Friedman, Outsourcing, Globalization-My Analysis

Here is my analysis of Tom Friedman’s take on Outsourcing. Mr. Friedman seems to overstate the impact of outsourcing on India and he seems to jin-up the young and upcoming youth in India. Yes, true call-center jobs have indeed opened up new vistas to a lot of Indian youth, but these jobs have high turnover rates and low job satisfaction. Besides, these are not career-paths, the terrible hours, high-pressure environment, bosses obsessed with the bottom line and mean clients produce very minimal attachment to these jobs. These positions are bottom-feeders and they are unlikely to push India up the value chain in the long-run. Now, if you are serious programmer, with good coding skills, and language ability I am sure you will be picked-up by the MNCs and exported abroad.

Towards the end of the video clip, Tom Friedman travels to the slums outside of Bangalore and meets with some NGO activists. The most problematic element of this tour is that despite seeing the devastating poverty around him, he simply ignores them and continues to focus on the Malls, software industry, etc. Mr. Friedman’s selective analysis leaves one with the impression that everything is hunky-dory in India. Few weeks in India, with its terrible infrastructure problems, sky-rocketing food prices, and housing market that has hit the stratosphere will only demonstrate that life in India has become really miserable and the lives of the common-man or the aam adami lies shattered. Bollywood stars, supermodels, and Cricket players rake it in, while the rest transfer their wealth to them so that they can view the shameless and grotesque displays of wealth.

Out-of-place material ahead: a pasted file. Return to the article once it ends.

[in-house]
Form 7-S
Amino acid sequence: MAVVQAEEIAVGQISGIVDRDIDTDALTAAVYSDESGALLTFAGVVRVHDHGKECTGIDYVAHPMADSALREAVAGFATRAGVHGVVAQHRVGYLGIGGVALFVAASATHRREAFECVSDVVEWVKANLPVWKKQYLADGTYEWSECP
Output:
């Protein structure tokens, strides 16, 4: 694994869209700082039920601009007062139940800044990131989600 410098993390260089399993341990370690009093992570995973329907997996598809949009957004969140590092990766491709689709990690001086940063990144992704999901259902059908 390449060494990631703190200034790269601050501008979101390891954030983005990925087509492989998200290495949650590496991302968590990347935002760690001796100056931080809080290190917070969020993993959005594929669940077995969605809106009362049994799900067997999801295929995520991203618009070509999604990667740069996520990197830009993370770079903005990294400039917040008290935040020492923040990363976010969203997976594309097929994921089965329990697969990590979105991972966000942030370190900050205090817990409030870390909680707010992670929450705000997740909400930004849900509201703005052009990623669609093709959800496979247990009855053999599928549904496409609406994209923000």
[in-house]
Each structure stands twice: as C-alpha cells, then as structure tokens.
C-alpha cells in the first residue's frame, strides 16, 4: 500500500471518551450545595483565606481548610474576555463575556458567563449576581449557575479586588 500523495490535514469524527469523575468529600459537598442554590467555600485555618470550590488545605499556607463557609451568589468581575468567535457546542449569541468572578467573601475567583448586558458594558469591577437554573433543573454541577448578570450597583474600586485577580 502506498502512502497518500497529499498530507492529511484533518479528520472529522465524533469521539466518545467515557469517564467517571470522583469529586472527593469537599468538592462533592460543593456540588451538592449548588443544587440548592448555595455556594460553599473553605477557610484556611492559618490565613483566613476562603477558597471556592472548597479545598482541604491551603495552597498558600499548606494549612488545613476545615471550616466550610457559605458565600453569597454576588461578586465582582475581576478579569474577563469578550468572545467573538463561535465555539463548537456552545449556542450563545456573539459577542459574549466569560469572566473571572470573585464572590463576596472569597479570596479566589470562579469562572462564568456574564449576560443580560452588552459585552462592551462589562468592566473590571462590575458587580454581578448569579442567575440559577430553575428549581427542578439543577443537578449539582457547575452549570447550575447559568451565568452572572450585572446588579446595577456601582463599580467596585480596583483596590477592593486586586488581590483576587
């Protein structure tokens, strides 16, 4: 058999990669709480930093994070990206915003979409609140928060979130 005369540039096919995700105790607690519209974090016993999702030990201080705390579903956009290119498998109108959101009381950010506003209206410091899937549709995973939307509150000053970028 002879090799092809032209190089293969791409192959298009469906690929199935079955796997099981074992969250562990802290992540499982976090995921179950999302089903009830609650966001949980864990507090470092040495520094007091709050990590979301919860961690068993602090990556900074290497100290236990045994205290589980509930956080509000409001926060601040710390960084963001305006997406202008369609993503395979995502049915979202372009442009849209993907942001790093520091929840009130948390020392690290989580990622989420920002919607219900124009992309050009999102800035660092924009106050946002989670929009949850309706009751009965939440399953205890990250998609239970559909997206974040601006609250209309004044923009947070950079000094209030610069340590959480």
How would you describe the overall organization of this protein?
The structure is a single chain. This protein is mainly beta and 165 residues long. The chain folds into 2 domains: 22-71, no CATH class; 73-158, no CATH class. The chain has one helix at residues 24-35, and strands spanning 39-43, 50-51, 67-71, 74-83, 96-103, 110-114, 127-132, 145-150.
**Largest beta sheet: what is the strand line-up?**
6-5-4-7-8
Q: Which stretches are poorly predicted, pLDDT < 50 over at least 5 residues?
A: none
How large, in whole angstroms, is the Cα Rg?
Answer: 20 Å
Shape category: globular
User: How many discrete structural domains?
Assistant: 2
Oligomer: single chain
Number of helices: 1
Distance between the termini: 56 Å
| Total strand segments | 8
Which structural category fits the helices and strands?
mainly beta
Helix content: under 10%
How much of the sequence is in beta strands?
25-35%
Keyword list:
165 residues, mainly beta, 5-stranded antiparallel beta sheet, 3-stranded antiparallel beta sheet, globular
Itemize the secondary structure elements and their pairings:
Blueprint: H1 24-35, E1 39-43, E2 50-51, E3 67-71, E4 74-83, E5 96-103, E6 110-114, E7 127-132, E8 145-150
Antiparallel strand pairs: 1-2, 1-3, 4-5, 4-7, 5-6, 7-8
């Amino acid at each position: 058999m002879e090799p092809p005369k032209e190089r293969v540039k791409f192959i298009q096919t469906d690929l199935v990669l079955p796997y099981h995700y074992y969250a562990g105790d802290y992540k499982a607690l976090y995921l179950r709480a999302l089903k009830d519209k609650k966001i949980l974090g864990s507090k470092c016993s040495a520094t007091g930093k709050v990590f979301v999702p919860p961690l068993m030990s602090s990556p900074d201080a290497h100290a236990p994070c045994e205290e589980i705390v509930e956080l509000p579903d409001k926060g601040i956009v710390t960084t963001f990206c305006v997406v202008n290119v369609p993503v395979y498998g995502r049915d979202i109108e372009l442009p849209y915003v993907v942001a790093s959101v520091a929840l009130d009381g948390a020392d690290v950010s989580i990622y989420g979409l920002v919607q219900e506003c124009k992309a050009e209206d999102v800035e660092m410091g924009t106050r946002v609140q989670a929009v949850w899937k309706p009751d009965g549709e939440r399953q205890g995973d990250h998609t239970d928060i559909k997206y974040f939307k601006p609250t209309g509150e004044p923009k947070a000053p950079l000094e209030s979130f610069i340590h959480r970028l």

4 Responses to “Friedman, Outsourcing, Globalization-My Analysis”

  1. Kelsey Says:

    I agree. Friedman could stand to spend a little more time with the common man. But still aren’t these jobs a sign of hope that more such jobs will follow? I spent a month in Bangladesh last year and they would be lucky to have some of these “bottom-feeder” positions.

  2. srinisitaraman Says:


    I agree that if you are in Bangladesh and if you get a call center job, it is indeed a step-up from where one is. Yes, it is all relative. However, these service jobs are fickle and they can run away soon and they do not provide ideal working conditions. They do socialize you and prepare for the external world, but from a macro-economic standpoint it is not a sure bet for the Indian economic progress.

  3. Kelsey Says:

    This is the problem with Friedman’s flat world. Often jobs jump from one country to the other without any one country feeling the lasting benefits, whatever those might be.

  4. Software outsourcing Says:

    youngsters in India to join the industry. With good knowledge and sharp minds, they work with a flexibility to serve their clients. really i agree with Friedman ….

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